In 1922, Carl Laemmle, President of Universal Pictures, took a vacation to Paris, France where he met Gaston Leroux, author of the 1910 novel, The Phantom of the Opera. Leroux gave Laemmle a copy of his novel and it is said that Laemmle read the book in one night and liked it so much that he bought the film rights with actor Lon Chaney Sr. in mind as the title character. Laemmle and Chaney had already collaborated on another film, The Hunchback of Notre Dame, in which Chaney created his own make-up for his portrayal of that film's title-character.
Chaney's iconic appearance as Erik the Phantom of the Opera is the most accurate depiction of the character as described in Leroux's novel. Erik was described as corpse-like, as having a "death's-head" (human skull) throughout the story. He had no nose, his eyes were sunken so deep that they were two skull-like eye sockets except when they glowed in the dark. His skin was yellow and tightly stretched across his bones and he had only a few wisps of black hair behind his ears and on his forehead.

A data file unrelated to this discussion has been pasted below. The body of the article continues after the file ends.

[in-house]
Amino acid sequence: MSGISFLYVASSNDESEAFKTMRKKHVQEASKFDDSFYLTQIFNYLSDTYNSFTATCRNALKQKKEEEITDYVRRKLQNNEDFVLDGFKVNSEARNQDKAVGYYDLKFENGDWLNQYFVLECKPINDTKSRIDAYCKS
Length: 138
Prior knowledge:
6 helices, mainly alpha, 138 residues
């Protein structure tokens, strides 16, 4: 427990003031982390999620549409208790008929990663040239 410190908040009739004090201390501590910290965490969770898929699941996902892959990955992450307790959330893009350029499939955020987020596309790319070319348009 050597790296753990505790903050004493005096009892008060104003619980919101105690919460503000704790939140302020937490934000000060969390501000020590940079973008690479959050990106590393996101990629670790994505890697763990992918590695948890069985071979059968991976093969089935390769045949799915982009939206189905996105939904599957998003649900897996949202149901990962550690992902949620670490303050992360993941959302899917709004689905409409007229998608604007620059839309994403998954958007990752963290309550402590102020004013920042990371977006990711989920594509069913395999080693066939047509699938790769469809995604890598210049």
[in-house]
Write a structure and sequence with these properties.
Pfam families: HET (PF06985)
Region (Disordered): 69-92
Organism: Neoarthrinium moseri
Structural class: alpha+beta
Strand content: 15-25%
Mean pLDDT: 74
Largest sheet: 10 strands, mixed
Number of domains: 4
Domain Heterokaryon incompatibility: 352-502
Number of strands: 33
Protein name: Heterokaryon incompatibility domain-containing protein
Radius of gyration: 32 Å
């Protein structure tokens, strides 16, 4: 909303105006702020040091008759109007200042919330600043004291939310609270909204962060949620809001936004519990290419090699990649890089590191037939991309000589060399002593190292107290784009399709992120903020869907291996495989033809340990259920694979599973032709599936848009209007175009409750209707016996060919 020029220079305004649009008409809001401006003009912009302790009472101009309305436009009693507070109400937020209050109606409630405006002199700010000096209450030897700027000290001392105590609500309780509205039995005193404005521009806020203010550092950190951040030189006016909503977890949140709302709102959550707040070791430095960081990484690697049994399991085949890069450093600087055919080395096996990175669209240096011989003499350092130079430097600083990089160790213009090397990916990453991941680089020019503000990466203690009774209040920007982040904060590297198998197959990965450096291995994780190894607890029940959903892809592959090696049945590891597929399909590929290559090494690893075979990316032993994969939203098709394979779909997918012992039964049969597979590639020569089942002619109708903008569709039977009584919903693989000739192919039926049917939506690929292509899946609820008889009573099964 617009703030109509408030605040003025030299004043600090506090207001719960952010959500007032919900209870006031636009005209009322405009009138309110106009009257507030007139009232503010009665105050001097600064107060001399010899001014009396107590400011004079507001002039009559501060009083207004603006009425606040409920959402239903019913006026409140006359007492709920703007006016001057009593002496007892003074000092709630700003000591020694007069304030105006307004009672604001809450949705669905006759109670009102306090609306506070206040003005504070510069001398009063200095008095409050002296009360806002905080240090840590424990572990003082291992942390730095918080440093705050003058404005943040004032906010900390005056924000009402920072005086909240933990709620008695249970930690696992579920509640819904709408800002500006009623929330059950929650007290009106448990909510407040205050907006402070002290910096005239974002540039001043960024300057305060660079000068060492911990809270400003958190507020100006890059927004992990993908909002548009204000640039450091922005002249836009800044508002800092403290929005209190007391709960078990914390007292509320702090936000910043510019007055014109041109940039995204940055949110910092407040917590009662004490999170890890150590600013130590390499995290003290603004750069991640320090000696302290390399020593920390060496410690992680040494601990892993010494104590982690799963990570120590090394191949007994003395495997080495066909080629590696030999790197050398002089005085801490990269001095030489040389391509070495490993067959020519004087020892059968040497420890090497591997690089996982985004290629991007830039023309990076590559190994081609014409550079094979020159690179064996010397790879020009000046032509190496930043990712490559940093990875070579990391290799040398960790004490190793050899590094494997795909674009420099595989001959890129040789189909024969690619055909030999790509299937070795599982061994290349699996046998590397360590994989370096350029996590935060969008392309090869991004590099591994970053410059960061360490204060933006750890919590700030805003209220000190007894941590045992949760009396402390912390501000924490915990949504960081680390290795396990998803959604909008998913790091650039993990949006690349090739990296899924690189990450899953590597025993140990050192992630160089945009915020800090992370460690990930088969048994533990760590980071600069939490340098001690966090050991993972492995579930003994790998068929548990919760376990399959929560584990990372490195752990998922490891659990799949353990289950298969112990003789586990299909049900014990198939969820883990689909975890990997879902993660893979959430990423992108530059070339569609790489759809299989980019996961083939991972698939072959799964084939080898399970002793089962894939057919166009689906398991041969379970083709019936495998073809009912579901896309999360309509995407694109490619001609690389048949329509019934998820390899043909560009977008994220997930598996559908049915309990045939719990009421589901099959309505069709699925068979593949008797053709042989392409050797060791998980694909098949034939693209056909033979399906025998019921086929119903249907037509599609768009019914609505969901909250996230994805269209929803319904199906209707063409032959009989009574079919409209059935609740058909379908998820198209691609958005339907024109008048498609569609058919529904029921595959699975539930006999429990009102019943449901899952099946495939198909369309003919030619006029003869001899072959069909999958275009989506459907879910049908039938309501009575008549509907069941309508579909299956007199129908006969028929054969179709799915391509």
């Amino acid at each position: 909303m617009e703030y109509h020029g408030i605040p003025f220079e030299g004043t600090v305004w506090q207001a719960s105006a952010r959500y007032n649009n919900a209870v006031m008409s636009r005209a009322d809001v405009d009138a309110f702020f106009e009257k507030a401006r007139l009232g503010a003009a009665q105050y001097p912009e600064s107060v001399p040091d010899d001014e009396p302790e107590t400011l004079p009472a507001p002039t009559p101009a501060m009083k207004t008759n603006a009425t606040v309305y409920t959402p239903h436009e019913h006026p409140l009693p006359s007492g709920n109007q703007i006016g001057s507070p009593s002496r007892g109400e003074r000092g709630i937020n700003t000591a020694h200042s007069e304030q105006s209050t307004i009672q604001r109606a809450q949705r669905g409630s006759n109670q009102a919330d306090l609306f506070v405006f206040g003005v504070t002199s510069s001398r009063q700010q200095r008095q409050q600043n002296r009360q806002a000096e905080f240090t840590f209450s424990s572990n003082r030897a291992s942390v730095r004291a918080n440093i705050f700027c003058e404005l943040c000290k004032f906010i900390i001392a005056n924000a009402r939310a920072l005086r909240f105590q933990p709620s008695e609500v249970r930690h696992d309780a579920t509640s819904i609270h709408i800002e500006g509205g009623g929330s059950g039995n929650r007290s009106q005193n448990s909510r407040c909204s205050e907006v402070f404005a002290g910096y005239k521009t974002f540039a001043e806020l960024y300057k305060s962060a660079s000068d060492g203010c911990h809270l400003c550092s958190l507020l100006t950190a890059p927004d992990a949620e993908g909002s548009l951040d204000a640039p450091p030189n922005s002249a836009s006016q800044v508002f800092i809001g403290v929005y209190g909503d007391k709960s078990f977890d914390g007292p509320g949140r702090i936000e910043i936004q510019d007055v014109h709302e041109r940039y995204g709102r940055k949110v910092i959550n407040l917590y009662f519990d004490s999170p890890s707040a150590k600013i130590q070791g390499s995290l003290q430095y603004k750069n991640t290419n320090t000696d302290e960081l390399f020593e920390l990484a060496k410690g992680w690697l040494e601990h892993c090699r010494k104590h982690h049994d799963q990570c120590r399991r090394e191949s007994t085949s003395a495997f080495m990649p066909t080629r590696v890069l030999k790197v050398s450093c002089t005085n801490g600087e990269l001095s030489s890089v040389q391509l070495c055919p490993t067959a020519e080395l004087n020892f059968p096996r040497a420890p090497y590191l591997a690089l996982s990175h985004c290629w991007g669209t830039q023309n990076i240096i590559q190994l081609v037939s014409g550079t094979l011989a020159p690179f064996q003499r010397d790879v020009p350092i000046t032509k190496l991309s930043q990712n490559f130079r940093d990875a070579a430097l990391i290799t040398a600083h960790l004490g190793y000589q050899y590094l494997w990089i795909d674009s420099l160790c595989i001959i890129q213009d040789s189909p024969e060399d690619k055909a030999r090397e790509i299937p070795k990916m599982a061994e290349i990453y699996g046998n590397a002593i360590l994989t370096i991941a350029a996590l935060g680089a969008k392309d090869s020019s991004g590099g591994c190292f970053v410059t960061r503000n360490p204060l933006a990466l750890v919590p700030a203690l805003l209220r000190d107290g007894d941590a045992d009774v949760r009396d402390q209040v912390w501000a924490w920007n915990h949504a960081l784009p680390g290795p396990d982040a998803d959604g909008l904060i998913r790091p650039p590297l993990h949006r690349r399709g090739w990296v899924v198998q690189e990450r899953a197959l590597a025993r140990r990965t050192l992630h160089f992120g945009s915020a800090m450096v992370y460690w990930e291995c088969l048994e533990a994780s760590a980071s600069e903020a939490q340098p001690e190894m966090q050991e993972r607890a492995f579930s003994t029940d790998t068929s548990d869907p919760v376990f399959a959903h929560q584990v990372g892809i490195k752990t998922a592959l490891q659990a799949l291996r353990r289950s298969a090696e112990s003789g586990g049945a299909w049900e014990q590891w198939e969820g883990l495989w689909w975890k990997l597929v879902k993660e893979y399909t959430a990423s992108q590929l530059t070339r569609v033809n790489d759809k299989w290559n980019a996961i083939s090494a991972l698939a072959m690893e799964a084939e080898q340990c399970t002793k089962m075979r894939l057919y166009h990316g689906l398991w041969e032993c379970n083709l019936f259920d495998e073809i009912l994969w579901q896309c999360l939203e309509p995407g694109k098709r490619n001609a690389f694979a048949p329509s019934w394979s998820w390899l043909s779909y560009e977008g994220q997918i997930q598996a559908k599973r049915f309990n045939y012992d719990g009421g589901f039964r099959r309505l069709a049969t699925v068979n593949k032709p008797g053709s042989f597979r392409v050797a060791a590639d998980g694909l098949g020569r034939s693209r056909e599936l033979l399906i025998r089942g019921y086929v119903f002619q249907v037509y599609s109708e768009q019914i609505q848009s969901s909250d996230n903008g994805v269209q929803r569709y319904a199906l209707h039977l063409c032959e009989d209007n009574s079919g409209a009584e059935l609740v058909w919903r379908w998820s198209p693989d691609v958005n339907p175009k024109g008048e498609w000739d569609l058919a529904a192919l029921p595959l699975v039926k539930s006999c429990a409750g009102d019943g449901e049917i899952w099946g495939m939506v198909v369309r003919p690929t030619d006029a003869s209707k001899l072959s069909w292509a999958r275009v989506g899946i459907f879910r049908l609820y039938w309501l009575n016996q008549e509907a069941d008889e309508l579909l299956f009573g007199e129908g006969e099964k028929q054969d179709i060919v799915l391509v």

Christine, the woman with whom he was obsessed, described his mouth as "lipless" and a "dead mouth." Erik himself admitted his mouth was abnormal. And, he was described as so extremely thin that he resembled a skeleton. Erik describes himself to Christine as a corpse "built up with death from head to foot."
To achieve the look of Leroux's Phantom, Chaney painted his eye sockets black, giving them a skull-like appearance. He pulled the tip of his nose up and pinned it in place with wire. He enlarged his nostrils with black paint, and put a set of jagged false teeth into his mouth to complete the horribly deformed look of the Phantom. When filmgoers first saw the film, many screamed or fainted at the unmasking scene which revealed his skeletal face.